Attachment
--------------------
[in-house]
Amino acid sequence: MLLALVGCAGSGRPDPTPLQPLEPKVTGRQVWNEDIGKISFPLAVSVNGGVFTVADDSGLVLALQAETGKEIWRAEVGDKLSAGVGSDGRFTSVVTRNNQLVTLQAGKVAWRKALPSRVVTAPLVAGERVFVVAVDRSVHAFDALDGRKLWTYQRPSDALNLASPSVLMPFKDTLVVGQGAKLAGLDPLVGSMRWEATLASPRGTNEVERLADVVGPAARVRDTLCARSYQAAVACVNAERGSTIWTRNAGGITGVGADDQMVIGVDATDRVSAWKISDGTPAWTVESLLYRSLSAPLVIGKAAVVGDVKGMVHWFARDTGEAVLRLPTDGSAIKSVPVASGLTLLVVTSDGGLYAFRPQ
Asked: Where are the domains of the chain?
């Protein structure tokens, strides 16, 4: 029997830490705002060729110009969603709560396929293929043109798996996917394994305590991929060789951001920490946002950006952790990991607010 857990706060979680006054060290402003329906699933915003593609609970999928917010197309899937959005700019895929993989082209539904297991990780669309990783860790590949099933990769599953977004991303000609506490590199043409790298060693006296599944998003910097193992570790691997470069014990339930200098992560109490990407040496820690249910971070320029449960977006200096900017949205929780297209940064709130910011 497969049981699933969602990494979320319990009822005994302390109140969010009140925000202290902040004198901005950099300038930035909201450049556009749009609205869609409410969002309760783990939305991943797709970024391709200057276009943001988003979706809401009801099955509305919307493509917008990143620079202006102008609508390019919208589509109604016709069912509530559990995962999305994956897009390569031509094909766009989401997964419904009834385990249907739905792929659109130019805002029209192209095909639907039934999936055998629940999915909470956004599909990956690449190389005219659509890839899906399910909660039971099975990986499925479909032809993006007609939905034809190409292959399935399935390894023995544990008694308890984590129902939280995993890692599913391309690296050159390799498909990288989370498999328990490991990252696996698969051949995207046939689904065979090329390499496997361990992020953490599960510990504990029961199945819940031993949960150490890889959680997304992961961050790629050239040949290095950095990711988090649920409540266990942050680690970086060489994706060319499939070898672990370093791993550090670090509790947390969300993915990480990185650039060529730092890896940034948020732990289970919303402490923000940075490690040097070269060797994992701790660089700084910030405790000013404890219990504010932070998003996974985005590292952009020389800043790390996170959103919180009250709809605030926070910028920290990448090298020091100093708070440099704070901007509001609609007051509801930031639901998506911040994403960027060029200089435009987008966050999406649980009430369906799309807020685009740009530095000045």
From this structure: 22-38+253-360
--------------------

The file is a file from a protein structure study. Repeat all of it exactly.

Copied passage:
[in-house]
Amino acid sequence: MLLALVGCAGSGRPDPTPLQPLEPKVTGRQVWNEDIGKISFPLAVSVNGGVFTVADDSGLVLALQAETGKEIWRAEVGDKLSAGVGSDGRFTSVVTRNNQLVTLQAGKVAWRKALPSRVVTAPLVAGERVFVVAVDRSVHAFDALDGRKLWTYQRPSDALNLASPSVLMPFKDTLVVGQGAKLAGLDPLVGSMRWEATLASPRGTNEVERLADVVGPAARVRDTLCARSYQAAVACVNAERGSTIWTRNAGGITGVGADDQMVIGVDATDRVSAWKISDGTPAWTVESLLYRSLSAPLVIGKAAVVGDVKGMVHWFARDTGEAVLRLPTDGSAIKSVPVASGLTLLVVTSDGGLYAFRPQ
Asked: Where are the domains of the chain?
């Protein structure tokens, strides 16, 4: 029997830490705002060729110009969603709560396929293929043109798996996917394994305590991929060789951001920490946002950006952790990991607010 857990706060979680006054060290402003329906699933915003593609609970999928917010197309899937959005700019895929993989082209539904297991990780669309990783860790590949099933990769599953977004991303000609506490590199043409790298060693006296599944998003910097193992570790691997470069014990339930200098992560109490990407040496820690249910971070320029449960977006200096900017949205929780297209940064709130910011 497969049981699933969602990494979320319990009822005994302390109140969010009140925000202290902040004198901005950099300038930035909201450049556009749009609205869609409410969002309760783990939305991943797709970024391709200057276009943001988003979706809401009801099955509305919307493509917008990143620079202006102008609508390019919208589509109604016709069912509530559990995962999305994956897009390569031509094909766009989401997964419904009834385990249907739905792929659109130019805002029209192209095909639907039934999936055998629940999915909470956004599909990956690449190389005219659509890839899906399910909660039971099975990986499925479909032809993006007609939905034809190409292959399935399935390894023995544990008694308890984590129902939280995993890692599913391309690296050159390799498909990288989370498999328990490991990252696996698969051949995207046939689904065979090329390499496997361990992020953490599960510990504990029961199945819940031993949960150490890889959680997304992961961050790629050239040949290095950095990711988090649920409540266990942050680690970086060489994706060319499939070898672990370093791993550090670090509790947390969300993915990480990185650039060529730092890896940034948020732990289970919303402490923000940075490690040097070269060797994992701790660089700084910030405790000013404890219990504010932070998003996974985005590292952009020389800043790390996170959103919180009250709809605030926070910028920290990448090298020091100093708070440099704070901007509001609609007051509801930031639901998506911040994403960027060029200089435009987008966050999406649980009430369906799309807020685009740009530095000045």
From this structure: 22-38+253-360